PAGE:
Stu McFarland - Friday, September 19, 2014
With the recent release of the new iPhone 6, it seems an appropriate opportunity for this list. Tomsguide.com
has a list of 8 apps for wine lovers. There seems to be some overlap between some of the apps, so there's certainly no need for all of them, but a few could be pretty useful! For example, DRYNC (available for both iOS and Android) lets users take a pic of a bottle's label to bring up that wine's availability, price, tasting notes, descriptions, and ratings. You can even order online with the app. It also helps you discover new wines based on your friends' recommendations. Pretty neat! For more information on the other 7 apps discussed in the article, head on over to tomsguide.com!
Stu McFarland - Saturday, August 23, 2014
We've discussed Mr. Kurniawan's wine counterfeiting before, but now The Wine Spectator has reported that the trial has ended, and he has now been sentenced to 10 years in federal prison. Additionally, he is being ordered to pay $28.4M in restitution to 7 of his victims, as well as to forfeit $20M in personal property. Before the sentencing, Mr. Kurinawan wrote a letter to the judge to plead for leniency, yet Judge Berman stated that Kurinawan took no specific responsibility for his crimes, which couldn't have helped his case. Kurinawan's attorneys asked for a sentence of under two-and-a-half years (time already served), claiming that his actions didn't cause too much harm since the defrauded parties were wealthy enough for these purchases to "not make a dent" in their fortunes. The prosecution disagreed, stating that "rich or poor, everyone is entitled to get what they pay for." It seems Judge Berman agreed. The article by The Wine Spectator goes into much more depth and is a very interesting read, so be sure to head over there to read the full article!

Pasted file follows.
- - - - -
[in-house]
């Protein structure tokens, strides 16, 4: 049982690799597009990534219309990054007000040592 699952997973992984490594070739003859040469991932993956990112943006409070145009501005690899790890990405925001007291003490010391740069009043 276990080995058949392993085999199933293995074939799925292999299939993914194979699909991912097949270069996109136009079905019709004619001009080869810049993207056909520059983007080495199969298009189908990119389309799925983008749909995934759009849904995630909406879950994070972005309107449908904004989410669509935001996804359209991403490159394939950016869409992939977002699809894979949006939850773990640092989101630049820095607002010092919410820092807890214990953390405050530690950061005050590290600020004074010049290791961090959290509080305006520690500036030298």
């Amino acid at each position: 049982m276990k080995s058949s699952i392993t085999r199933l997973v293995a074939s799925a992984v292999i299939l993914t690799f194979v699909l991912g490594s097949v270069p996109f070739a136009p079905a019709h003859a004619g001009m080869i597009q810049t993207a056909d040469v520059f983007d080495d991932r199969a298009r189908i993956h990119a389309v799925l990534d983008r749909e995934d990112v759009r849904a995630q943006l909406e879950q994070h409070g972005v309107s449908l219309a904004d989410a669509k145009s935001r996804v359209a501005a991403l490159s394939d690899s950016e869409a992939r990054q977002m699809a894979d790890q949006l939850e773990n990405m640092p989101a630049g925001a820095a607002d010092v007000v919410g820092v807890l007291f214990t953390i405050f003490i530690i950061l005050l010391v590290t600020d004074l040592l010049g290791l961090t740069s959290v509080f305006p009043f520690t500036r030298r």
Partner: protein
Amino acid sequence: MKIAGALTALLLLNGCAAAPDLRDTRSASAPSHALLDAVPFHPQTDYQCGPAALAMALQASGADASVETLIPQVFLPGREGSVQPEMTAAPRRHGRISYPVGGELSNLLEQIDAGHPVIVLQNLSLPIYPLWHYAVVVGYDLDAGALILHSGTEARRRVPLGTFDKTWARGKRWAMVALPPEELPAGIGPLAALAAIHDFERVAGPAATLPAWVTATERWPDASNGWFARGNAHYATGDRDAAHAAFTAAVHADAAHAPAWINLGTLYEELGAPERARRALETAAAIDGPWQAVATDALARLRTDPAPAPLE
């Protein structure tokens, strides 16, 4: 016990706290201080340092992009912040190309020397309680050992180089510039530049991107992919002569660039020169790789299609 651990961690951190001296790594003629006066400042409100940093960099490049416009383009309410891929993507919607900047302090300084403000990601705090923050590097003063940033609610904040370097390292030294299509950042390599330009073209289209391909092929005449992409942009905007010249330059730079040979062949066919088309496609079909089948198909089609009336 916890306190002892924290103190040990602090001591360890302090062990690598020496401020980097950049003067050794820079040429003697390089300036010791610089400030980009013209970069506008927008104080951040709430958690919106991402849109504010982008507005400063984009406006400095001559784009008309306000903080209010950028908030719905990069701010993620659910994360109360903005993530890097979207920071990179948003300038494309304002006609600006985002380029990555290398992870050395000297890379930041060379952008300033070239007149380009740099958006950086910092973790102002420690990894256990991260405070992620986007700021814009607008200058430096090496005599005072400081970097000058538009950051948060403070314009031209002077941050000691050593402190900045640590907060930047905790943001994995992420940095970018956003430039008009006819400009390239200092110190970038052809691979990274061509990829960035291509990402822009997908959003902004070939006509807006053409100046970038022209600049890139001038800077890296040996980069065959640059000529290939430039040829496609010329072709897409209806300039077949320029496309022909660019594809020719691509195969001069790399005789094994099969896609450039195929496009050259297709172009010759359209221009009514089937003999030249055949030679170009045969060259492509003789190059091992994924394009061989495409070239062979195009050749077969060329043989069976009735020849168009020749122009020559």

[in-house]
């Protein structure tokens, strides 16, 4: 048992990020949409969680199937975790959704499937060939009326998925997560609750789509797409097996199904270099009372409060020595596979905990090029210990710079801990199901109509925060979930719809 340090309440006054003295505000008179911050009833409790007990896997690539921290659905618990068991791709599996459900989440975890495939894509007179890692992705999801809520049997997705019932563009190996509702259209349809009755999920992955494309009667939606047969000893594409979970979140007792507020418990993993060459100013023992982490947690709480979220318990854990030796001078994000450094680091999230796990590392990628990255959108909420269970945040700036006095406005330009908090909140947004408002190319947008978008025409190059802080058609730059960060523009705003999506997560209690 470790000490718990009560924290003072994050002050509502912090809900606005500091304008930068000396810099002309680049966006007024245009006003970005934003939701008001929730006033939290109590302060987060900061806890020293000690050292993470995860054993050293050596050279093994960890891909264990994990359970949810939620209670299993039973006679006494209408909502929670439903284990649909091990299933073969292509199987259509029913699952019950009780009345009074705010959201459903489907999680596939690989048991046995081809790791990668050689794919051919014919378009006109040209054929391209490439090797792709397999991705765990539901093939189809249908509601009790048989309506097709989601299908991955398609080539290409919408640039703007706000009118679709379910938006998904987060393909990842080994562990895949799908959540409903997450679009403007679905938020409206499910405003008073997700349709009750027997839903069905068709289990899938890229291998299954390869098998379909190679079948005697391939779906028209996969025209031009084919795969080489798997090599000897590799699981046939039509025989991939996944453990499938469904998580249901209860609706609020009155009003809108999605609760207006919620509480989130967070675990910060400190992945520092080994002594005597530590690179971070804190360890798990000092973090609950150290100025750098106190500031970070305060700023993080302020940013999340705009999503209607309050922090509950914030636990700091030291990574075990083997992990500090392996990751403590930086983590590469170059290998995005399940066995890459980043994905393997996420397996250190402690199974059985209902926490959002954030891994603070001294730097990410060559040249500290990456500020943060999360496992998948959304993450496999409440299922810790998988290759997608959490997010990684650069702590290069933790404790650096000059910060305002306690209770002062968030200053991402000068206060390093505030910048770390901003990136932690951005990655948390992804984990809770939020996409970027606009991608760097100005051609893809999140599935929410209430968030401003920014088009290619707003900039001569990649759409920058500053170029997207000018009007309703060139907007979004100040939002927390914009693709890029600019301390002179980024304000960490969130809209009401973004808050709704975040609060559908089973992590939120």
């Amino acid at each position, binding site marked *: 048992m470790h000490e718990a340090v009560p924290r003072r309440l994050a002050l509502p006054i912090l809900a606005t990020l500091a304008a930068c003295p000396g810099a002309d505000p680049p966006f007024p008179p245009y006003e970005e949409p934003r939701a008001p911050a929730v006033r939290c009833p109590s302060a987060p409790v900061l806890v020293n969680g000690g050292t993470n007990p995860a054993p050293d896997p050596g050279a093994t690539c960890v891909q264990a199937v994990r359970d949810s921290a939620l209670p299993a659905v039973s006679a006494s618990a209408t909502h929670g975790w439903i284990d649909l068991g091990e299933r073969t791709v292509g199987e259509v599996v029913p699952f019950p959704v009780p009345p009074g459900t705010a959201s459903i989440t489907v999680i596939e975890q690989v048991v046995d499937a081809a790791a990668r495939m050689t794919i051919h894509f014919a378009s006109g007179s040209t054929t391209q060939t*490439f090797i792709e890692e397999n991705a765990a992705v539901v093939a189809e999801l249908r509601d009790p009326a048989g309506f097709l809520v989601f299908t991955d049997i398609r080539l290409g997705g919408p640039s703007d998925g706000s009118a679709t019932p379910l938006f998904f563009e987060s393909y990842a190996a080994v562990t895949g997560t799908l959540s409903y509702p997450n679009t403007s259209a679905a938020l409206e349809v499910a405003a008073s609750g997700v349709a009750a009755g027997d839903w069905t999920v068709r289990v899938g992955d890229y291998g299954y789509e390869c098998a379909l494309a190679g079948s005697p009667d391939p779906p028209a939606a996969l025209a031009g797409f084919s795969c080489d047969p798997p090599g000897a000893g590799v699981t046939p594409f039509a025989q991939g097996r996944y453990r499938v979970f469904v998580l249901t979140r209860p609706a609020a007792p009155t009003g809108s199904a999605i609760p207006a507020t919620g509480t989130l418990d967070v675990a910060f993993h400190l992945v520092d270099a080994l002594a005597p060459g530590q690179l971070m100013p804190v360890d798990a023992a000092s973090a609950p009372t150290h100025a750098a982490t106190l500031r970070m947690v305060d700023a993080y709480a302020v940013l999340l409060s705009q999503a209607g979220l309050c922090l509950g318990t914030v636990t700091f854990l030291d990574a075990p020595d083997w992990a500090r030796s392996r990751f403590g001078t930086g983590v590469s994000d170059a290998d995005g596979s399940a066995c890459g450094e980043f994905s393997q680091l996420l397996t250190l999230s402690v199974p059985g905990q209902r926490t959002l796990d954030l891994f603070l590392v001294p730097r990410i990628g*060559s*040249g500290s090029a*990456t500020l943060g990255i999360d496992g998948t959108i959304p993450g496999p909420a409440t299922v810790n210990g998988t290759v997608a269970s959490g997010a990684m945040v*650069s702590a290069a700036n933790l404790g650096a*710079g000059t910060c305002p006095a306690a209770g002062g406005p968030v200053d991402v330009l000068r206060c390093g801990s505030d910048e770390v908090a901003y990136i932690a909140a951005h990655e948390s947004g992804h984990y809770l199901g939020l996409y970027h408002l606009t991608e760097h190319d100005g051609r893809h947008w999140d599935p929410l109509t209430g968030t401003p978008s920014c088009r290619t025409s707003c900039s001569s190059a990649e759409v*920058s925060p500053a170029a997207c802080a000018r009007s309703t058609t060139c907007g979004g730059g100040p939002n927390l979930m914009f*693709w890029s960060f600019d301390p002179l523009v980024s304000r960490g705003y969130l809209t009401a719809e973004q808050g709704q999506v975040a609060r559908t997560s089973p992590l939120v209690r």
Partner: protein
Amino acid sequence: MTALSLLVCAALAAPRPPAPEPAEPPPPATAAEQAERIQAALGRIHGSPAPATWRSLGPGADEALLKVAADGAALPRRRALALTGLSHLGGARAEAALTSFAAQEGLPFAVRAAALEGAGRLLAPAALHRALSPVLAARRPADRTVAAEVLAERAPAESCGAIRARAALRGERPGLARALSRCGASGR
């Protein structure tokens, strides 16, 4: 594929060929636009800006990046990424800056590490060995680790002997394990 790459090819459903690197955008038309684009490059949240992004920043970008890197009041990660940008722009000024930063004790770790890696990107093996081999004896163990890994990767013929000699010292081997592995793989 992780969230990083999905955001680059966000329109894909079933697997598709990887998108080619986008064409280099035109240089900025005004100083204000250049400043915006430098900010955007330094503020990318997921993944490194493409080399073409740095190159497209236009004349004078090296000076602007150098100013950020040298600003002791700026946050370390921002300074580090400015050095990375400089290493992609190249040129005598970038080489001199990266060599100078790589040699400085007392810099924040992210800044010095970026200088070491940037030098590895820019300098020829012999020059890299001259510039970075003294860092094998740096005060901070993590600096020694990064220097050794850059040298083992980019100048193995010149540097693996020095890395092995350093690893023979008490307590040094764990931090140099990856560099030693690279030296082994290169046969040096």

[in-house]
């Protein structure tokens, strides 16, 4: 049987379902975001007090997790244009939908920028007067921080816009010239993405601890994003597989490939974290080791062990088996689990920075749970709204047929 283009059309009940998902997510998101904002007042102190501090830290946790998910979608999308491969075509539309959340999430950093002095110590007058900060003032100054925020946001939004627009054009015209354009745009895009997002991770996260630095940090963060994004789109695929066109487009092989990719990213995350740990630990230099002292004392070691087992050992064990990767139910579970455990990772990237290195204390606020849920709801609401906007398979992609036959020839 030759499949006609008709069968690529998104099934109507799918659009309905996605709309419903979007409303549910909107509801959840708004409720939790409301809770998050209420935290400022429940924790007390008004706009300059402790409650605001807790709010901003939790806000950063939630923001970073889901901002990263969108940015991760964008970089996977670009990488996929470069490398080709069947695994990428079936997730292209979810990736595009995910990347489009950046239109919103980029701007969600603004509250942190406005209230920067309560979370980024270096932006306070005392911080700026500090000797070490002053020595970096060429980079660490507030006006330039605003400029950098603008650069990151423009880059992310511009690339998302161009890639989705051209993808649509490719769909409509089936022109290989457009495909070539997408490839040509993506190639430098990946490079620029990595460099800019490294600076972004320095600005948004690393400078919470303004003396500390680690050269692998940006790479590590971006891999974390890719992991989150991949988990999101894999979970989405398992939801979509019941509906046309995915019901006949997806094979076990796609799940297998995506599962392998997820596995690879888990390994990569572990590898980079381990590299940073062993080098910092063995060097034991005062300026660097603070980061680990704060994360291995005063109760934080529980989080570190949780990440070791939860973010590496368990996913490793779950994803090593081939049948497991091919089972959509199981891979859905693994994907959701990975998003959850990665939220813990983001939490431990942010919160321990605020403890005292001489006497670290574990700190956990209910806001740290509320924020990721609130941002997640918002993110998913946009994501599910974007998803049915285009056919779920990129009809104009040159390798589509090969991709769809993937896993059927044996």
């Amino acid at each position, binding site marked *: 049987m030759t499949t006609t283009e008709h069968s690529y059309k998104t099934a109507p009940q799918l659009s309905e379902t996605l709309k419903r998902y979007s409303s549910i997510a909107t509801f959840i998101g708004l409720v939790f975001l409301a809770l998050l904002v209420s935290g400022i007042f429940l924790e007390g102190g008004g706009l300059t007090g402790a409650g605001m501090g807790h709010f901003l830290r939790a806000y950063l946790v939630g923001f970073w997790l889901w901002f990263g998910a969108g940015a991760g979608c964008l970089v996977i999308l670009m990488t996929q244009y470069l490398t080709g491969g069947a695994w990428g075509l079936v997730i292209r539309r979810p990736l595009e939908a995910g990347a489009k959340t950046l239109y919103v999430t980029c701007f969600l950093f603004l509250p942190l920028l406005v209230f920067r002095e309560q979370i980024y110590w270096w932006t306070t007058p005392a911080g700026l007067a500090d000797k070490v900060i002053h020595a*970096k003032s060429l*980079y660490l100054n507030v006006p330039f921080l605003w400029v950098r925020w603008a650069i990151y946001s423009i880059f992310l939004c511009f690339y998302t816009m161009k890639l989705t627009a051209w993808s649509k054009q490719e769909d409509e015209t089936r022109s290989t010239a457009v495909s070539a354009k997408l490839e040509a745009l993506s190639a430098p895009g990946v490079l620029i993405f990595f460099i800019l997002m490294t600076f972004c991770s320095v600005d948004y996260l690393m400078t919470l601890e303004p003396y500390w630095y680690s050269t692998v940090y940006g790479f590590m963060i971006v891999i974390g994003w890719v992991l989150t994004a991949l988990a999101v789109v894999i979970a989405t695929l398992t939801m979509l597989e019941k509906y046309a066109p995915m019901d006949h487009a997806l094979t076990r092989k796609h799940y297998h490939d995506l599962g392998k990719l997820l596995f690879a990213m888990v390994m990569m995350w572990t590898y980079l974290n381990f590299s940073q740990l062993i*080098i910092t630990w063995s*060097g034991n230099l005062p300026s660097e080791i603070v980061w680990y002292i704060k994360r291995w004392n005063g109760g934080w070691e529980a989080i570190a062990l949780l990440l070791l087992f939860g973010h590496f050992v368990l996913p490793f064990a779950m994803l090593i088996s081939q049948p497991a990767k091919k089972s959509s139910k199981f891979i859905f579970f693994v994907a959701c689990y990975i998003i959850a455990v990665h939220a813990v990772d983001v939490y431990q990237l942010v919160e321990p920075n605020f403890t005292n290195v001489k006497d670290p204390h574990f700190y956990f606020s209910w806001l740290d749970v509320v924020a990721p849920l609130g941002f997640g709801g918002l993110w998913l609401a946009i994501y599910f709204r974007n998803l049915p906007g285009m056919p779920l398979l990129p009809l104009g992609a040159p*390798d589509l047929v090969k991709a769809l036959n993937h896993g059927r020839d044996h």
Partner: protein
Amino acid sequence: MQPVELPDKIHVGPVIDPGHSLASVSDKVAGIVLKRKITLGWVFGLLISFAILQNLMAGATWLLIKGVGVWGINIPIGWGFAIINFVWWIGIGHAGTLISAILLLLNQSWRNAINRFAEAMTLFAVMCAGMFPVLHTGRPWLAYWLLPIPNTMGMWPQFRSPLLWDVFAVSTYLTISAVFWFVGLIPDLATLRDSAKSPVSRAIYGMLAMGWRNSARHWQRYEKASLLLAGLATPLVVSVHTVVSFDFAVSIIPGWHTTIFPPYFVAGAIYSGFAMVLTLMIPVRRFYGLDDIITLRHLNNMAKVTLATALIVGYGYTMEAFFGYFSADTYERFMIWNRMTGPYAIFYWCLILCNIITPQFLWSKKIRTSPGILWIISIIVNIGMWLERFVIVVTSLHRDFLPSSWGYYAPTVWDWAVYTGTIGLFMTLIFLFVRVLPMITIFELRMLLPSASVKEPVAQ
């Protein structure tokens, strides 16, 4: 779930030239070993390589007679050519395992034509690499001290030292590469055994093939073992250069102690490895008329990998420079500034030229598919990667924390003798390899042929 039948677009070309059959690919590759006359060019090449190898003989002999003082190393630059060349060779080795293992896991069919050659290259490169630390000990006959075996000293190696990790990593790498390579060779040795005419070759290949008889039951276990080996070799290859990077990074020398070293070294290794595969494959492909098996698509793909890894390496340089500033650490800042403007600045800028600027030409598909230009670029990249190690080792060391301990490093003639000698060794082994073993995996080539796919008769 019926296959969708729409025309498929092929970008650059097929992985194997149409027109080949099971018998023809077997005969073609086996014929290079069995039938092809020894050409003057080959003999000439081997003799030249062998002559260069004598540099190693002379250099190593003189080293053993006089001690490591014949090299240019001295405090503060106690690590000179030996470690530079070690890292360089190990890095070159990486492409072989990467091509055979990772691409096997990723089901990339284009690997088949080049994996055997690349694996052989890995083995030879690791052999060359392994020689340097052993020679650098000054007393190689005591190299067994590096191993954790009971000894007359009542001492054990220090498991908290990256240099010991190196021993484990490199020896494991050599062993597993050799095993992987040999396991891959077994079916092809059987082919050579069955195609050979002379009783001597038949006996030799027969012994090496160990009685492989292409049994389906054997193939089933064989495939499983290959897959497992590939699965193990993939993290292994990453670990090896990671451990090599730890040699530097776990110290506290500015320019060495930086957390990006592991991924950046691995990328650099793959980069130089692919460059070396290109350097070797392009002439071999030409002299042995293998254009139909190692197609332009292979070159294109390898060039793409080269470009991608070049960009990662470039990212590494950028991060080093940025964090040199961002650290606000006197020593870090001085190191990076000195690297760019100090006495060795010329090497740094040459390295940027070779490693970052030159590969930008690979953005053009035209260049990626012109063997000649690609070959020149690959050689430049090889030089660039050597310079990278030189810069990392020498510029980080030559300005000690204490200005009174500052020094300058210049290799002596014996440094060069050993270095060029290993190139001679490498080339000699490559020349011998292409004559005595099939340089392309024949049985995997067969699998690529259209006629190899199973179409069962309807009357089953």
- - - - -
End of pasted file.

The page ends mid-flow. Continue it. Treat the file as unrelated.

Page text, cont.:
Stu McFarland - Thursday, June 19, 2014
Wines & Vines
reports on the astounding record-breaking results of the 2014 Auction Napa Valley, with a grand total of $18.7 million raised. This eclipses last year's record of $16.9 million. The top-selling lot was a double lot from Raymond Vineyards selling for $840,000. According to W&V, The Vintners attribute some of the success of Friday night's Barrel Auction (which raised $1.7 million) to a new mobile application that allowed bidders to monitor and respond to bids on their smartphones, and nearly 400 guests took advantage of the technology. For a list of the top-selling lots and more information about the Auction, please visit the Wines & Vines article here
Stu McFarland - Wednesday, April 09, 2014